A Touch in the Dark: Movement Archives from Iran
Updated: Jan 25, 2021
I woke at 6:30 in the morning with a heavy heart, and a tired mind. An intense year had passed. My whole life had turned upside down. The future could not have seemed less clear, and I had no energy to face it. I pulled myself out of bed while the alarm still rang and closed my suitcase. I then took off to one of the most unexpected and powerful adventures of my life.
Istanbul, city of my passion, where I had settled after descending from London, sliding through Grenada. It never ceases to surprise. At the time of my departure, most of the roads were closed that day and there was no way of finding out which way the bus would take to the airport. I chose to bargain with Mustafa the cabbie. In the hour’s drive, we grew quite fond of each other. Talks of Italy, Russian women, alcohol, Turkey and life.
I would say roads are more beautiful when they’re empty. At an impasse, I had a vision. I saw beyond the unfortunate, simply connecting to the moment and to the people that life placed on my path. It was a lesson that grew for the next two weeks in Tehran, a netherworld now deeply engraved in my consciousness.
The plane rode smoothly. I watched a movie that had just come out I, Tonya. There is a scene where Tonya is sentenced in court, forbidden to step on the ice ring ever again. It has a very slow buildup. At the beginning the judge lists various fines, but as we get to the end, she realizes she may never skate again. I felt my stomach grip, as tears pushed through my eyelids. We started to pour our desperation out at the same time, Margot Robbie and I. Someone lost a part of herself there.
That’s why I went to Iran. My friends and family were pushing me not to go. I would go and share my movement practice in a country where it is forbidden to dance. I could really feel what it was, not being able to do what you are here to do, losing what makes you feel alive, forced to abandon that which makes you who you are. I did not completely know it then, but I would learn it very quickly.
Tehran is dusty and cream-colored. Tall, snow capped mountains rise on its side, like giants, everlasting, ever-present. I walked through the streets of the Persian capital, smelled scents I never knew existed. I walked through big, green avenues and blissfully tasted and savored a new variety of pleasures, discovering.
It all had a mix of sour, aromatic hints, creating a whole new symphony in my mouth and in my eyes. Only two hours after arriving, and I was faced with a beautiful truth; women in this country have another strength, a dignity that I have not witnessed anywhere else. Their faces are beautiful, unapologetic, fierce. They appear to have seen so much. It’s not mere self-expression, but some silent scream of self-empowerment.
Between waves of profound respect for the women passing by, wearing their Hijab almost as a statement rather than an act of submission, I saw how they struggle to identify themselves with such a statement (as Persian women their cultural heritage comes from another source). These women are not afraid of claiming what is theirs and what is not, not afraid of what they know, of what they think.
And they are the most charismatic women I have ever encountered. But it is not easy and the Man bites hard. Later, when I delivered my classes, I found myself trying to reach out to this dignity and strength, in order to reach for their hearts, both the women and the men, as we were supporting each other in freeing ourselves from our fears, reminding ourselves of our power, dignity and beauty. We were one.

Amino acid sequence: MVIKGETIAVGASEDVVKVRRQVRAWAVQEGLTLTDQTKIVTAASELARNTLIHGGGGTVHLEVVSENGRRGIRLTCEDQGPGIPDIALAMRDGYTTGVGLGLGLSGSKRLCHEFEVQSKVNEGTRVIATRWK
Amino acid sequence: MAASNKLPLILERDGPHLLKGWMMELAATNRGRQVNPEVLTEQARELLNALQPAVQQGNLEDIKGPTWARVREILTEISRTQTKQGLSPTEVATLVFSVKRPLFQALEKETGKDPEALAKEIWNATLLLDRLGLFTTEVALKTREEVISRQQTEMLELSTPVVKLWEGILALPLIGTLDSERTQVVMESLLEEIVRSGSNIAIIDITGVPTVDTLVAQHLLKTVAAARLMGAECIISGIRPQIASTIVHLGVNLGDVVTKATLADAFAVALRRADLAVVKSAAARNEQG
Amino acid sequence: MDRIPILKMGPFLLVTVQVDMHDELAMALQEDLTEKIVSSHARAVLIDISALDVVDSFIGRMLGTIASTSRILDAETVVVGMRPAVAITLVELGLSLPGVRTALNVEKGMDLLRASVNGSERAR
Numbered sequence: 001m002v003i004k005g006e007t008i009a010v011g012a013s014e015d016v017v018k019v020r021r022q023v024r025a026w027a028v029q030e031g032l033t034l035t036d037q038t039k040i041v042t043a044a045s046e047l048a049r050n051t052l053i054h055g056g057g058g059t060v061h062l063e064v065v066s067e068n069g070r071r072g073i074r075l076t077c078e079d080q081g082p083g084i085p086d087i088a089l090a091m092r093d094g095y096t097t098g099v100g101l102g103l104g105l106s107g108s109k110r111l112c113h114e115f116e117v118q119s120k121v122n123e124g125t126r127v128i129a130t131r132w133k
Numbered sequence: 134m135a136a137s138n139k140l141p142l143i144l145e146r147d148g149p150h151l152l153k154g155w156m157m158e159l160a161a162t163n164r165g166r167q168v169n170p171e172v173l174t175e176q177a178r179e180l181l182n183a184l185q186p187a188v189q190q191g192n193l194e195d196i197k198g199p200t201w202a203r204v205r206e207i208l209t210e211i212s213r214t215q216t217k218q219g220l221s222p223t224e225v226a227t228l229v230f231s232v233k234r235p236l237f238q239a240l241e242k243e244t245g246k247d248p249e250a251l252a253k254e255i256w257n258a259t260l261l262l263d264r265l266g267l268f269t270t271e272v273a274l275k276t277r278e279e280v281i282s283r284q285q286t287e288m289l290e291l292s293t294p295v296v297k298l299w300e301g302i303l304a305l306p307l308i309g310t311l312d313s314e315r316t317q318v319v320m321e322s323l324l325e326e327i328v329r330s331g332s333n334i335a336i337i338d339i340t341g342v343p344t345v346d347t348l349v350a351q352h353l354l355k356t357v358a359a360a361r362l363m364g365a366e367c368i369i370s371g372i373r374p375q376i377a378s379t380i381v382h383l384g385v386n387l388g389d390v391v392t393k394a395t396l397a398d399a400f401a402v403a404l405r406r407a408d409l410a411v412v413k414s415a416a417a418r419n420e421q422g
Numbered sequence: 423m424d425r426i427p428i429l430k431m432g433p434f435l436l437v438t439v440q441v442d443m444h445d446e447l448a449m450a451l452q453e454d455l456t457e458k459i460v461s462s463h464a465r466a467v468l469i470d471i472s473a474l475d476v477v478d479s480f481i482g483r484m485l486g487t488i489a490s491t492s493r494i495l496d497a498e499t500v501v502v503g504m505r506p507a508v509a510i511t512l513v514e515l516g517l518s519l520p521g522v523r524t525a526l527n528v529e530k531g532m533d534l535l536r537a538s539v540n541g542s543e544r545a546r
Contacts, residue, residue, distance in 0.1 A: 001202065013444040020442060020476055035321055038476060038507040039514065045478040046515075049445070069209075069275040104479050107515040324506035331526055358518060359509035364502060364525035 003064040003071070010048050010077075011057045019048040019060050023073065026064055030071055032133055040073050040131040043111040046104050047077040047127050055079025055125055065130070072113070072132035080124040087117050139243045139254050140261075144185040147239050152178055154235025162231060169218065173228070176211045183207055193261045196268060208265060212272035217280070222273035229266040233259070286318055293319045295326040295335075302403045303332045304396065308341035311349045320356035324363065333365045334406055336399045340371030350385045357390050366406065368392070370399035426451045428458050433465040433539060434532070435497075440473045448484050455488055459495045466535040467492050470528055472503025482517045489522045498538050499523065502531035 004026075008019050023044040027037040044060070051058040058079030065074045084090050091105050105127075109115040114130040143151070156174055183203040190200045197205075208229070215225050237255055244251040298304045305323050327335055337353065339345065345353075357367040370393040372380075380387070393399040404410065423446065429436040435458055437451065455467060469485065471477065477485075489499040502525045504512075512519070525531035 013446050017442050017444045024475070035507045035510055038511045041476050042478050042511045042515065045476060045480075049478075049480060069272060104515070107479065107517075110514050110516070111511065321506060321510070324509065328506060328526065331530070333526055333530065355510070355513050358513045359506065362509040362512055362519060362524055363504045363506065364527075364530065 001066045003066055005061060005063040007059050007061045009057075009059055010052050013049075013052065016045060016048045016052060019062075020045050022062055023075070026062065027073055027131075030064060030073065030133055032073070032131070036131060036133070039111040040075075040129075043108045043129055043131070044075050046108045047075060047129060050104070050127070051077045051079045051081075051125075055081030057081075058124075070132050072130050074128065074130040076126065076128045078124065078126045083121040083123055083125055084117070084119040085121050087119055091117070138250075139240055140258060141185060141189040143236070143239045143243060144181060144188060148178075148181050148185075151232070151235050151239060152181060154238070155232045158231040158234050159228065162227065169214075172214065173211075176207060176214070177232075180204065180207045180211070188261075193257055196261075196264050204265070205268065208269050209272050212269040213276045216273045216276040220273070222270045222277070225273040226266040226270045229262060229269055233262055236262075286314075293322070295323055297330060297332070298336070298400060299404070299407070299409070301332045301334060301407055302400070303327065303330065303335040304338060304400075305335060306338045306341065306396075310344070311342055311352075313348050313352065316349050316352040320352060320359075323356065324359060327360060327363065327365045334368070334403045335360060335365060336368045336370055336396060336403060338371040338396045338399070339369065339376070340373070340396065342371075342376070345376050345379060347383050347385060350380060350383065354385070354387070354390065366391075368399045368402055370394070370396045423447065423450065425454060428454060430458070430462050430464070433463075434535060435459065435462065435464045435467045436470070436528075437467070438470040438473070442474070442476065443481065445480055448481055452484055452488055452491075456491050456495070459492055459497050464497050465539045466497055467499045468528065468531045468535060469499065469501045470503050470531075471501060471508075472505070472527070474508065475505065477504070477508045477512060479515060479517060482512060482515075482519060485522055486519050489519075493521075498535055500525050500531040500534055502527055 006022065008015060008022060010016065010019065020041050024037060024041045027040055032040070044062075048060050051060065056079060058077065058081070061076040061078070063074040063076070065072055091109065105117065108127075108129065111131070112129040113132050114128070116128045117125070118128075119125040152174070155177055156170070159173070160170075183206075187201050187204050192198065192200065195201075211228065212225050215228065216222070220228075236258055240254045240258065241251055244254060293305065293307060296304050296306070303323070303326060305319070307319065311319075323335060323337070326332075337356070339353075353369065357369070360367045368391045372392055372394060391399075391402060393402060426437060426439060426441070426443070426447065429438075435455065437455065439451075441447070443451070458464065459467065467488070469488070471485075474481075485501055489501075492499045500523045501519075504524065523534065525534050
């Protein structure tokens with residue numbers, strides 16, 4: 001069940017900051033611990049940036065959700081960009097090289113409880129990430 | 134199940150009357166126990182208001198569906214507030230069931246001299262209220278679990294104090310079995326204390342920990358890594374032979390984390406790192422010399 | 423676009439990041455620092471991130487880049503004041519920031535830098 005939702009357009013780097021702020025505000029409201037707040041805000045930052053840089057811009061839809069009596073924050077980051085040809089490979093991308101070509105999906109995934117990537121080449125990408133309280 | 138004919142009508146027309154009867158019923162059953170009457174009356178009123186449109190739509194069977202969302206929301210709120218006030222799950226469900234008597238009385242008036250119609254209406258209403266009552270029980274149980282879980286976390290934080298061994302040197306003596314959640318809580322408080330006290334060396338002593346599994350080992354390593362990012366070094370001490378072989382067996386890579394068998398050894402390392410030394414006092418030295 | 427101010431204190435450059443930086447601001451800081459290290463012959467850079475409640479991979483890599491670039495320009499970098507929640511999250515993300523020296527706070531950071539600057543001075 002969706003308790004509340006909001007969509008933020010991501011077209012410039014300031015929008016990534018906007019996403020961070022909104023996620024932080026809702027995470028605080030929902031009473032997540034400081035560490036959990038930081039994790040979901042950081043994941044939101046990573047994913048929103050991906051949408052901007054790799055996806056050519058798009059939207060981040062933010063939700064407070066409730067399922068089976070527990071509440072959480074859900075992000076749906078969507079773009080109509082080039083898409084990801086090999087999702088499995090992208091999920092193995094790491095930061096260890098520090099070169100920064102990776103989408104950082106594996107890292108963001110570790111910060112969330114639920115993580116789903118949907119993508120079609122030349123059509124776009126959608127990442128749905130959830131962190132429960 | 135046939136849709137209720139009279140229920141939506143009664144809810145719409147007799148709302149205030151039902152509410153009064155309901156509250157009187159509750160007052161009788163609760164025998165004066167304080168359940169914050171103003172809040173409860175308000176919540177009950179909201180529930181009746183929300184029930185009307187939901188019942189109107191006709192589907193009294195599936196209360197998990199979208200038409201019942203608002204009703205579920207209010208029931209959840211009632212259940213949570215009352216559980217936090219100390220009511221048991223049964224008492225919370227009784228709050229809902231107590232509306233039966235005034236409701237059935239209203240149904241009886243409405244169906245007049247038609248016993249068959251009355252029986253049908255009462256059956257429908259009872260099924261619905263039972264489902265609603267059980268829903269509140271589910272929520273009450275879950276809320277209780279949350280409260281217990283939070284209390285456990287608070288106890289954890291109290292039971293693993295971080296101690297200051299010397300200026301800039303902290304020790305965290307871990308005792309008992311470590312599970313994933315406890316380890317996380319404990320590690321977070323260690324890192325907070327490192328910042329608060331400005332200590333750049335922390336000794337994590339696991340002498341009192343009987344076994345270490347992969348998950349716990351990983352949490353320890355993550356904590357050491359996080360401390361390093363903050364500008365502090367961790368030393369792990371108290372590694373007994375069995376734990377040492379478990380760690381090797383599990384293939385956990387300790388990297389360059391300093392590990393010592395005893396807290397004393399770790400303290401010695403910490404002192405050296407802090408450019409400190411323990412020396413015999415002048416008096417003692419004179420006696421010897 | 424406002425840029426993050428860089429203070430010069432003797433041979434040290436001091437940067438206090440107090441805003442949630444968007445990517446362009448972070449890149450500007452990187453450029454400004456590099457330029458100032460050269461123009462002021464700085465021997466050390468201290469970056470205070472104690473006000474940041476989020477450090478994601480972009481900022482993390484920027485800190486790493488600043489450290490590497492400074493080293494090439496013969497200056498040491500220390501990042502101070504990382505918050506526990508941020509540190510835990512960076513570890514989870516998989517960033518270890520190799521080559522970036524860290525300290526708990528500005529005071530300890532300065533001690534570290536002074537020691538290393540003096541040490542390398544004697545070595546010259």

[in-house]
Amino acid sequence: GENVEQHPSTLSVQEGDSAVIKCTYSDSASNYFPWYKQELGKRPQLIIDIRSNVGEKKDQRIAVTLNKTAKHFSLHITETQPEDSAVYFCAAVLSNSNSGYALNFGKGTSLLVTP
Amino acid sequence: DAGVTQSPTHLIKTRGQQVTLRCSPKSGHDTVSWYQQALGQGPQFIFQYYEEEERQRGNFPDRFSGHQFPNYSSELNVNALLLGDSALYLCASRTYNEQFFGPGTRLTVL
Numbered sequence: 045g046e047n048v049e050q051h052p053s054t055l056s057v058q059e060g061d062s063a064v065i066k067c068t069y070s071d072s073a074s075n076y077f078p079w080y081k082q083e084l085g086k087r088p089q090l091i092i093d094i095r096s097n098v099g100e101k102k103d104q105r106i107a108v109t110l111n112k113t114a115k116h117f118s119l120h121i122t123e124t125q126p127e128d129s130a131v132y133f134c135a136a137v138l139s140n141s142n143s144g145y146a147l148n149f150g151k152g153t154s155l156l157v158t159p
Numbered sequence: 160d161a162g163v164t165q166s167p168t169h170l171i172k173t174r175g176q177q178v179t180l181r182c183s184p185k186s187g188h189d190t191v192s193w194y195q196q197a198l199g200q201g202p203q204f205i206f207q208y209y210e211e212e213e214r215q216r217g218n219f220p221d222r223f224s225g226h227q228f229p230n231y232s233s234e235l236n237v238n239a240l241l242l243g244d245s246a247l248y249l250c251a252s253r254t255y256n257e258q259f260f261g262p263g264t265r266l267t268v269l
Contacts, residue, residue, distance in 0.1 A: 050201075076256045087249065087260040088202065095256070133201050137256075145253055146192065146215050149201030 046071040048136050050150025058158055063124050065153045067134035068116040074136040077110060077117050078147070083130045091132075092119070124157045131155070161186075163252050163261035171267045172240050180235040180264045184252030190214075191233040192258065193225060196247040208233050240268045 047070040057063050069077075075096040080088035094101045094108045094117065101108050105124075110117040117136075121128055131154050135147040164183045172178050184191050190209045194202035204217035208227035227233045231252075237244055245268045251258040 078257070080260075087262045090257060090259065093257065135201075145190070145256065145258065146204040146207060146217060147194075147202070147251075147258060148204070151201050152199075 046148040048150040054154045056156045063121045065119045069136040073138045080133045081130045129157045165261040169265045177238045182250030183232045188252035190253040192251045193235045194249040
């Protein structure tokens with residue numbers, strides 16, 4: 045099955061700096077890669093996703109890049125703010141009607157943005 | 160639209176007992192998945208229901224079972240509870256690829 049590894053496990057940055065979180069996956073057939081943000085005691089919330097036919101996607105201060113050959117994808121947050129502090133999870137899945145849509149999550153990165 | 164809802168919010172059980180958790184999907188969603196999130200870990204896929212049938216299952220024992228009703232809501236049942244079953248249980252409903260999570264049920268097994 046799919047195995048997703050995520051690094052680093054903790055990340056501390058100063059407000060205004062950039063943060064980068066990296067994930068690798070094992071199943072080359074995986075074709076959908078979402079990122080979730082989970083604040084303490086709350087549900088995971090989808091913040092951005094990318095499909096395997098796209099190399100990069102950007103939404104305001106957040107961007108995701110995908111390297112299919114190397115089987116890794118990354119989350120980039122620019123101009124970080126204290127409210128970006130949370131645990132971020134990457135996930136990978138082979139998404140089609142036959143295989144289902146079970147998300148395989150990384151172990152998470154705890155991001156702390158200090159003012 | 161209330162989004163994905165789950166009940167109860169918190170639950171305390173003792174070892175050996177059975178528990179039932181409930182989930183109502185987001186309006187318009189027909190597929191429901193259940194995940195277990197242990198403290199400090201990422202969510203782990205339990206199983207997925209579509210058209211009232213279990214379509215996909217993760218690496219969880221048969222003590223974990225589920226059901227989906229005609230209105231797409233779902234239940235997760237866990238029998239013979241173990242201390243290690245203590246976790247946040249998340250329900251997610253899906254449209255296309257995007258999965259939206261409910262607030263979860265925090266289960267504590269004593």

Their bodies struggle to take the space around them, as if they’re trapped. I try to find a way in, to make us all connect with our breath, with our source of life. Life is motion and motion allows us to be. Therefore dance is a moment of pure freedom, of unfiltered perception. It is being alive, being who you are even if you do not know it yet. Blissfully shifting through space, present. Aware.
I met Sunny. It was, yes, on a sunny day. That was back in Istanbul, during a friend’s dance class, when she approached me and started talking in fluent Italian. She had studied at the Italian High School in Tehran, and had just arrived in Turkey. She would spend seven hard months trying to absorb and learn anything she could about Contemporary Dance.
My memories of her are still striking. She was one of the most committed and hardworking people I had ever met. “In Iran we have nothing like this,” she told me. “There are no teachers, no schools and it is forbidden for us to dance.” I tried to get the concept into my head. At first, I refused to accept it. And then it began. A couple years later she started poking me with emails and texts, to organize a Contemporary Dance Workshop in Tehran, from scratch.
She had no studio, no support, a few students and a lot of will power. On top of it all, dance is illegal in Iran. I was not a bit skeptical that we would succeed. We would probably never have a high number of students, which was necessary to sponsor the event. Nevertheless, I had faith in Sunny.
I sent her a couple of videos for a low-profile advertisement. The response was immense.
I started to receive emails from people who were buying flights from other cities and missing school to come to my workshop. I felt incredibly humbled and did not quite understand what was going on. Quickly, we ran out of space. I decided to add more classes to my schedule to get in as many people as possible.
I ended up giving class all day, everyday, from morning to night. I stuck to a very strict, ‘sleep-eat-dance’ cycle. It helped with the actual physical and mental stress I decided to my body through. Who was I to say, ‘I am tired’? Encountering such a passionate response, I wanted to satisfy and share my experience with as many people as possible. If this is not the purpose of what we are doing, what is?